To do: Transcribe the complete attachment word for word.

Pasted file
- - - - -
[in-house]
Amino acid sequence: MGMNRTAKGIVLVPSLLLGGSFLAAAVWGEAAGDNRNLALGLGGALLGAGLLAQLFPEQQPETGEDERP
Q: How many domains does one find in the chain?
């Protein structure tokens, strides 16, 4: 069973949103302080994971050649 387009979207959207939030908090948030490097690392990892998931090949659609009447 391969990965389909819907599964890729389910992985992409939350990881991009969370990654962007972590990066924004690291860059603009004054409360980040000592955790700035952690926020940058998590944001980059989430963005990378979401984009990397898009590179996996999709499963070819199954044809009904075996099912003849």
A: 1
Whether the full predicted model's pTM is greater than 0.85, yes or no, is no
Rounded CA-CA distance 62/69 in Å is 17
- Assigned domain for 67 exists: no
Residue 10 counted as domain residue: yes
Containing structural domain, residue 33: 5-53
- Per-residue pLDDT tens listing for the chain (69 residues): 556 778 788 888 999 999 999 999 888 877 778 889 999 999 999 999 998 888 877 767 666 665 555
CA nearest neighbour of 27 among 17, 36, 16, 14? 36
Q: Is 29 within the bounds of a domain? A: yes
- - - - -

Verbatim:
[in-house]
Amino acid sequence: MGMNRTAKGIVLVPSLLLGGSFLAAAVWGEAAGDNRNLALGLGGALLGAGLLAQLFPEQQPETGEDERP
Q: How many domains does one find in the chain?
């Protein structure tokens, strides 16, 4: 069973949103302080994971050649 387009979207959207939030908090948030490097690392990892998931090949659609009447 391969990965389909819907599964890729389910992985992409939350990881991009969370990654962007972590990066924004690291860059603009004054409360980040000592955790700035952690926020940058998590944001980059989430963005990378979401984009990397898009590179996996999709499963070819199954044809009904075996099912003849």
A: 1
Whether the full predicted model's pTM is greater than 0.85, yes or no, is no
Rounded CA-CA distance 62/69 in Å is 17
- Assigned domain for 67 exists: no
Residue 10 counted as domain residue: yes
Containing structural domain, residue 33: 5-53
- Per-residue pLDDT tens listing for the chain (69 residues): 556 778 788 888 999 999 999 999 888 877 778 889 999 999 999 999 998 888 877 767 666 665 555
CA nearest neighbour of 27 among 17, 36, 16, 14? 36
Q: Is 29 within the bounds of a domain? A: yes